NASA will send an impactor spacecraft to the moon with liftoff of the Lunar Reconnaissance Orbiter, scheduled for October 2008. The Lunar Crater Observation and Sensing Satellite (LCROSS) will travel independently of the orbiter and crash violently into the lunar surface, at a speed of 5,592 miles per hour (or about 2.5 kilometers per second) to search for water. It should blast out a crater about a hundred feet wide and 15 feet deep.
First, the craft will direct the upper stage used to leave Earth orbit to crash into a permanently-shadowed crater at the lunar south pole, creating a plume visible on Earth through a telescope. Next, the satellite will observe the plume and fly through it using several instruments to look for water. At the end of its mission, the satellite will itself become an impactor, creating a second plume visible to lunar-orbiting spacecraft and Earth-based observants.
Lunar Reconnaissance Orbiter, is expected to orbit the moon for at least a year and to generate extremely detailed maps. It will be equipped to probe the unexplored polar regions on the Moon. Not only will it identify obstacles and a safe landing spot, but also sensor sweep the terrain and gauge it for usable resources.
NASA's Lunar Prospector circled the Moon for over a year in 1998-1999, charting levels of hydrogen in shadowed craters near the Moon's south and north poles. That hydrogen signal has been inferred by some specialists as billions of tons worth of water-ice below a modest covering of soil. Earlier, the Pentagon's Clementine spacecraft also hinted that water-ice may be found in sunlight-deprived polar craters.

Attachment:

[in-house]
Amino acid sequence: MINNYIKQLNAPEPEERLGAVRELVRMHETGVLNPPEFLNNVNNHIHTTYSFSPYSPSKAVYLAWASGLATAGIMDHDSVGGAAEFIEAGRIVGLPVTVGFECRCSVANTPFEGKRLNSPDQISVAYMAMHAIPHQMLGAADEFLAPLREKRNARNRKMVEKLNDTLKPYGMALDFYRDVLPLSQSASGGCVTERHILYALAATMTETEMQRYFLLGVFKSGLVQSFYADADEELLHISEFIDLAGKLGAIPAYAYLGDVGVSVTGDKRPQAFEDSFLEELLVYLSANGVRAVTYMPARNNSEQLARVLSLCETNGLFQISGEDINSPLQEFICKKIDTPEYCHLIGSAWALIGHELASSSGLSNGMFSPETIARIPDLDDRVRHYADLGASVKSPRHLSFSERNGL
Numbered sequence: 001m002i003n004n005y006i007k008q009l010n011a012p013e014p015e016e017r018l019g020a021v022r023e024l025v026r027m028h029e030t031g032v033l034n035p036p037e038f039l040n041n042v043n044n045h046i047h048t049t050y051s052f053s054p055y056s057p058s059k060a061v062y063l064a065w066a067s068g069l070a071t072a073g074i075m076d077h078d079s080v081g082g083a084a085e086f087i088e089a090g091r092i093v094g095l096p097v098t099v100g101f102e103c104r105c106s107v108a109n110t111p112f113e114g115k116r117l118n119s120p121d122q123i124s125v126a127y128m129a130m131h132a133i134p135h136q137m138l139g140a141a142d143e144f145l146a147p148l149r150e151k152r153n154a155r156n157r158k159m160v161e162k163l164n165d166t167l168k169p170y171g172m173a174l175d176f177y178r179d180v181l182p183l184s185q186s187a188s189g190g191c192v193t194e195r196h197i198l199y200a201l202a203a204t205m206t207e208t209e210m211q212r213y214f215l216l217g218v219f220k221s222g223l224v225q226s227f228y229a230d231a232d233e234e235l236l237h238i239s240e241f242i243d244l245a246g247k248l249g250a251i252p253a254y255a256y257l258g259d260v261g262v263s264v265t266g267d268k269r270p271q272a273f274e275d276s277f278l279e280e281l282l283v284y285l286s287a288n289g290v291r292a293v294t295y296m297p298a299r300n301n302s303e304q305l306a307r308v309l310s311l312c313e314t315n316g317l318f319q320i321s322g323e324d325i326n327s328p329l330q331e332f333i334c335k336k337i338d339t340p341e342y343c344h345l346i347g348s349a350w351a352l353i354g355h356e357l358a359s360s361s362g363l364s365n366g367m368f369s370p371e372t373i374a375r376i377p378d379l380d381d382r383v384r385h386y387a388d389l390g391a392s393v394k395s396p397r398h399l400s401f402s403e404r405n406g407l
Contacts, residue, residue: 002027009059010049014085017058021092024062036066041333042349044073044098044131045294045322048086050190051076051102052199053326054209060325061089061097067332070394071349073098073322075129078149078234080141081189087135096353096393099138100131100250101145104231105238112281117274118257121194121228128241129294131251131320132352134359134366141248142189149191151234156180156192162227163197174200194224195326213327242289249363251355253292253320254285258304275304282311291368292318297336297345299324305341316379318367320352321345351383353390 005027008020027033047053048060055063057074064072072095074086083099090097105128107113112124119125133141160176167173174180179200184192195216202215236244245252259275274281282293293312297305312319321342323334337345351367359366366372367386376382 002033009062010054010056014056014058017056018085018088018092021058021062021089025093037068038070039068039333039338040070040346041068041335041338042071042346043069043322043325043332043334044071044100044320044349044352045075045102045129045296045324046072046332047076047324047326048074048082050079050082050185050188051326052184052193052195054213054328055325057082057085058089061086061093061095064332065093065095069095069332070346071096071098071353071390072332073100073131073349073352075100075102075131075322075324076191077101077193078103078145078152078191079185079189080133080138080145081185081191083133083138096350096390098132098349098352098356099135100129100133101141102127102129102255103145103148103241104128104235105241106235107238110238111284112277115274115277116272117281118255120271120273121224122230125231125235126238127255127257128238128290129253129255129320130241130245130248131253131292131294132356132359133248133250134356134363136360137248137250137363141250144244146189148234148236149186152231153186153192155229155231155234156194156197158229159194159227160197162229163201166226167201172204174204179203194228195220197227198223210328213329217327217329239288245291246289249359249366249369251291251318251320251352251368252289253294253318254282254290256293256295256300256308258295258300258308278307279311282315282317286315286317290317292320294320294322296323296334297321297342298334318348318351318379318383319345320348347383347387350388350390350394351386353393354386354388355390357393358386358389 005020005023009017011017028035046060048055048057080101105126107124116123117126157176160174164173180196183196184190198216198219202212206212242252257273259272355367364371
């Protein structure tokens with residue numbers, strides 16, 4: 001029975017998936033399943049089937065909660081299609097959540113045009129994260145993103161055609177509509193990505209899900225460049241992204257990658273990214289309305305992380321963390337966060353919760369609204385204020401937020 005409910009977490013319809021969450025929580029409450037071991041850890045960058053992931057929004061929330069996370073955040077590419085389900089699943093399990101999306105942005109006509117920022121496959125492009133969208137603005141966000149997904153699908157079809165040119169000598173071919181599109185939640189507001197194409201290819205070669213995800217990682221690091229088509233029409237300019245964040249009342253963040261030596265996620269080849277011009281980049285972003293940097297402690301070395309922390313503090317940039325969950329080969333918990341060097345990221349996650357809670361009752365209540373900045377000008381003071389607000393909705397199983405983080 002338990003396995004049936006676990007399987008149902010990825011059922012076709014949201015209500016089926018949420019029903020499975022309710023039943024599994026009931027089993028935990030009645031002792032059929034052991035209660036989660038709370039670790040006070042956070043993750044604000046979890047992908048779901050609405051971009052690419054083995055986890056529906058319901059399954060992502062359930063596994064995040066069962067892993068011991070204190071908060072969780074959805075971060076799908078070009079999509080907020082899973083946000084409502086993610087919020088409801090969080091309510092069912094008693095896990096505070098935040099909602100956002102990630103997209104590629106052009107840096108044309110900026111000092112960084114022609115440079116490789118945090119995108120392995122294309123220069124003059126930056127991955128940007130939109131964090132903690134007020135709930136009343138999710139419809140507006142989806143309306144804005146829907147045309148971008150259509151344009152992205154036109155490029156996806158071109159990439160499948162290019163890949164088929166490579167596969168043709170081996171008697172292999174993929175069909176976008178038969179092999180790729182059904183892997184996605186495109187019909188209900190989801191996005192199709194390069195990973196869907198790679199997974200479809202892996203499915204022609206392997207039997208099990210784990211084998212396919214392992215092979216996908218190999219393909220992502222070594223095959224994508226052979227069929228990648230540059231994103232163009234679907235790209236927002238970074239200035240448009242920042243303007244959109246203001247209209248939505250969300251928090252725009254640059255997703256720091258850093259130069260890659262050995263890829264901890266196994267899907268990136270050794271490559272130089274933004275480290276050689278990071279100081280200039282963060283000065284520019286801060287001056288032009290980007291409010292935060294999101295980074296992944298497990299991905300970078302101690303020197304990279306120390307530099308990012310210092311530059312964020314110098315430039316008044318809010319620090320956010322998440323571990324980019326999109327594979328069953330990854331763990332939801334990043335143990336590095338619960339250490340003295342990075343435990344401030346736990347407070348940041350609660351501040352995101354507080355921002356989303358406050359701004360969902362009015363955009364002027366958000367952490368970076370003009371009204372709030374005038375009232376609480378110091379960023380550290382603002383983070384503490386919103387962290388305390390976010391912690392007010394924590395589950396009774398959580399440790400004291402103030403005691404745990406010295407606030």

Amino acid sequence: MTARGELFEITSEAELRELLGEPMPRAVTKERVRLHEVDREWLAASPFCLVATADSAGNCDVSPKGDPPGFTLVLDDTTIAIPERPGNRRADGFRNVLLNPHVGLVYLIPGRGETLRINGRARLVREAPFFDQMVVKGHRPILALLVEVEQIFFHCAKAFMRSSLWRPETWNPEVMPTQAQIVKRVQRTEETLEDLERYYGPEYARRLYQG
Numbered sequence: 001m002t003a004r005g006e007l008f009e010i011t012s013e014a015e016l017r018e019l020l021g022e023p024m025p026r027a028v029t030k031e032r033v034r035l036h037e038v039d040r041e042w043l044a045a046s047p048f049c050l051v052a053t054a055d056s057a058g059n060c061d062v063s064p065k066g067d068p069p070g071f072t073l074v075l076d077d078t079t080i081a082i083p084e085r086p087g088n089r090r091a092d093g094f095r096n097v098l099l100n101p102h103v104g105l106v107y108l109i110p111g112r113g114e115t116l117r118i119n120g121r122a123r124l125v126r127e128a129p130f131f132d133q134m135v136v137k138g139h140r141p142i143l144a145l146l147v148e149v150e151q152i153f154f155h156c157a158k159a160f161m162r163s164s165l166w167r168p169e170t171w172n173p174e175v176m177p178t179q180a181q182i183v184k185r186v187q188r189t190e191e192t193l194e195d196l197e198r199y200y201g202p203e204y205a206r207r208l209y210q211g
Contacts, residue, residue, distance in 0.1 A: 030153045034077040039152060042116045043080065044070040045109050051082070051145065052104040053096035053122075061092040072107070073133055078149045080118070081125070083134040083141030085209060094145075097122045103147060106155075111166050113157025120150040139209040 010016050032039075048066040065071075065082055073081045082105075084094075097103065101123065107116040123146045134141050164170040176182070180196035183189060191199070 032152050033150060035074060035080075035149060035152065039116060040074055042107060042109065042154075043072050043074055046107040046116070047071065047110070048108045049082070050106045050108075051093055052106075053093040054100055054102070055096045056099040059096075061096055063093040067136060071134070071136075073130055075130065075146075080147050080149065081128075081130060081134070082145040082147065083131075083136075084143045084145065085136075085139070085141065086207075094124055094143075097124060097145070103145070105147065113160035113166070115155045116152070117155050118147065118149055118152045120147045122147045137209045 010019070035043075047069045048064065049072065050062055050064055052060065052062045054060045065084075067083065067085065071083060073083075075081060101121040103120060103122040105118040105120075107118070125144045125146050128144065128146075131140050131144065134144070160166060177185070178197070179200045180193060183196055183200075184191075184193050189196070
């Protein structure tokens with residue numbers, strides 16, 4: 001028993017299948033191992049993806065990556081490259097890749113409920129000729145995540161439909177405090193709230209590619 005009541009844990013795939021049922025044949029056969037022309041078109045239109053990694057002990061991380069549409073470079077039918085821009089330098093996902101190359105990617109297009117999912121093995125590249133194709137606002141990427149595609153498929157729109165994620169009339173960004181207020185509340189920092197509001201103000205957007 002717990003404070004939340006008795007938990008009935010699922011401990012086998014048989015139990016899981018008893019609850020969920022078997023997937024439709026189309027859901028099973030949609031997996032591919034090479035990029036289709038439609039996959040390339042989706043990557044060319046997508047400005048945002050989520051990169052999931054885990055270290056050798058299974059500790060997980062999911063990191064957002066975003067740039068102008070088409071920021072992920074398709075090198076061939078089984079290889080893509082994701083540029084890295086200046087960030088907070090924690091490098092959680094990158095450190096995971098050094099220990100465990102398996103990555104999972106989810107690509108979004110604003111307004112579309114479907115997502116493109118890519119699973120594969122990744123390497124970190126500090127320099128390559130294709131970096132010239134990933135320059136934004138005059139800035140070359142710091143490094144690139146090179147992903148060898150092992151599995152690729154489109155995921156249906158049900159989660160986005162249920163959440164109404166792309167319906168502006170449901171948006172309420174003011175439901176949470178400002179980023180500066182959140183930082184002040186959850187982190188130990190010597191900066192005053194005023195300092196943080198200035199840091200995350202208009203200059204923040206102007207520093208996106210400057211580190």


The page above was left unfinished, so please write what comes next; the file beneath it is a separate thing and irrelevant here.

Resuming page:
The moon collision and orbiter will be the first of several lunar robotic projects before astronauts are sent to the moon, targeted for 2018. The entire mission will cost more than $600 million with the impactor project cost-capped at $80 million.
By going to the moon, astronauts will search for resources and learn how to work safely in a harsh environment -- a stepping stone to future explorations. Water is the key ingredient for supporting future human outposts on the moon, a goal of the Bush administration. If there is ice to be found, it can be used for drinking water for astronauts and as coolant for equipment. It can be broken down into hydrogen and oxygen - ingredients for rocket fuel that need not be brought from Earth. Still, whether that icy material is truly tucked away at the Moon's poles is to be seen.
This isn't the first time NASA has directed the blasting of the Moon. The Ranger project of the 1960s was the first U.S. effort to launch probes directly toward the Moon. The spacecraft were designed to relay pictures and other data as they approached the Moon and finally crash-landed into its surface. A variety of difficulties plagued the first several attempted missions in this series, but the later Rangers were finally a complete success.